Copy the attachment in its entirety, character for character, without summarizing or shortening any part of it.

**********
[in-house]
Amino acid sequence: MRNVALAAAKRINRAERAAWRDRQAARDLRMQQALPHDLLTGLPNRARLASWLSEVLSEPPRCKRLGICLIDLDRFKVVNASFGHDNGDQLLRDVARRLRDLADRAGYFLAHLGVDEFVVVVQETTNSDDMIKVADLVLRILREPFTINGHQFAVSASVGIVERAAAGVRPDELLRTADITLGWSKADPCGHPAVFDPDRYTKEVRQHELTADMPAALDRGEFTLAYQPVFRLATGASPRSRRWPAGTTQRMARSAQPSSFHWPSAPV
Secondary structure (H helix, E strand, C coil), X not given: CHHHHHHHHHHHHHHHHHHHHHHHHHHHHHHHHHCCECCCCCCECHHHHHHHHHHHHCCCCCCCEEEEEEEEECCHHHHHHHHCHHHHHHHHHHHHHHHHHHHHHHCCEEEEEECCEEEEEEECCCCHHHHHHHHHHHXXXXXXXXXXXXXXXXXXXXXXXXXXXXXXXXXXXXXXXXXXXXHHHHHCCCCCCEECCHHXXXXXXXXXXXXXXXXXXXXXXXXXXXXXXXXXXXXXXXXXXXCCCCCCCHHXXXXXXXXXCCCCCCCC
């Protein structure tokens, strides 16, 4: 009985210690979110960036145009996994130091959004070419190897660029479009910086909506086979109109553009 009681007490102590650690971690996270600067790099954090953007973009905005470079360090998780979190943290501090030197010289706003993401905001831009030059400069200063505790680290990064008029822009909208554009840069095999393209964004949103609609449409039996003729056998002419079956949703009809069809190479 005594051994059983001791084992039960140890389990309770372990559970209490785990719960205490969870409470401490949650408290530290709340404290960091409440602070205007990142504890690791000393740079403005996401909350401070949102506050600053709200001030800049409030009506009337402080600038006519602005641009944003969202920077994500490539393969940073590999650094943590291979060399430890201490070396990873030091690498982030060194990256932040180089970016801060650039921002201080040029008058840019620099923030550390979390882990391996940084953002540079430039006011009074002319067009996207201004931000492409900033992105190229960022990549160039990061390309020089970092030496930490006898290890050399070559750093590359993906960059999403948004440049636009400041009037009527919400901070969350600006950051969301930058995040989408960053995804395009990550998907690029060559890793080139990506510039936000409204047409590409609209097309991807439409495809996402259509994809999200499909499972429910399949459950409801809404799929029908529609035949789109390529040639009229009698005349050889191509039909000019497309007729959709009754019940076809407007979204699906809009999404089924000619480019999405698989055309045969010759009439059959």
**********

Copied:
[in-house]
Amino acid sequence: MRNVALAAAKRINRAERAAWRDRQAARDLRMQQALPHDLLTGLPNRARLASWLSEVLSEPPRCKRLGICLIDLDRFKVVNASFGHDNGDQLLRDVARRLRDLADRAGYFLAHLGVDEFVVVVQETTNSDDMIKVADLVLRILREPFTINGHQFAVSASVGIVERAAAGVRPDELLRTADITLGWSKADPCGHPAVFDPDRYTKEVRQHELTADMPAALDRGEFTLAYQPVFRLATGASPRSRRWPAGTTQRMARSAQPSSFHWPSAPV
Secondary structure (H helix, E strand, C coil), X not given: CHHHHHHHHHHHHHHHHHHHHHHHHHHHHHHHHHCCECCCCCCECHHHHHHHHHHHHCCCCCCCEEEEEEEEECCHHHHHHHHCHHHHHHHHHHHHHHHHHHHHHHCCEEEEEECCEEEEEEECCCCHHHHHHHHHHHXXXXXXXXXXXXXXXXXXXXXXXXXXXXXXXXXXXXXXXXXXXXHHHHHCCCCCCEECCHHXXXXXXXXXXXXXXXXXXXXXXXXXXXXXXXXXXXXXXXXXXXCCCCCCCHHXXXXXXXXXCCCCCCCC
């Protein structure tokens, strides 16, 4: 009985210690979110960036145009996994130091959004070419190897660029479009910086909506086979109109553009 009681007490102590650690971690996270600067790099954090953007973009905005470079360090998780979190943290501090030197010289706003993401905001831009030059400069200063505790680290990064008029822009909208554009840069095999393209964004949103609609449409039996003729056998002419079956949703009809069809190479 005594051994059983001791084992039960140890389990309770372990559970209490785990719960205490969870409470401490949650408290530290709340404290960091409440602070205007990142504890690791000393740079403005996401909350401070949102506050600053709200001030800049409030009506009337402080600038006519602005641009944003969202920077994500490539393969940073590999650094943590291979060399430890201490070396990873030091690498982030060194990256932040180089970016801060650039921002201080040029008058840019620099923030550390979390882990391996940084953002540079430039006011009074002319067009996207201004931000492409900033992105190229960022990549160039990061390309020089970092030496930490006898290890050399070559750093590359993906960059999403948004440049636009400041009037009527919400901070969350600006950051969301930058995040989408960053995804395009990550998907690029060559890793080139990506510039936000409204047409590409609209097309991807439409495809996402259509994809999200499909499972429910399949459950409801809404799929029908529609035949789109390529040639009229009698005349050889191509039909000019497309007729959709009754019940076809407007979204699906809009999404089924000619480019999405698989055309045969010759009439059959």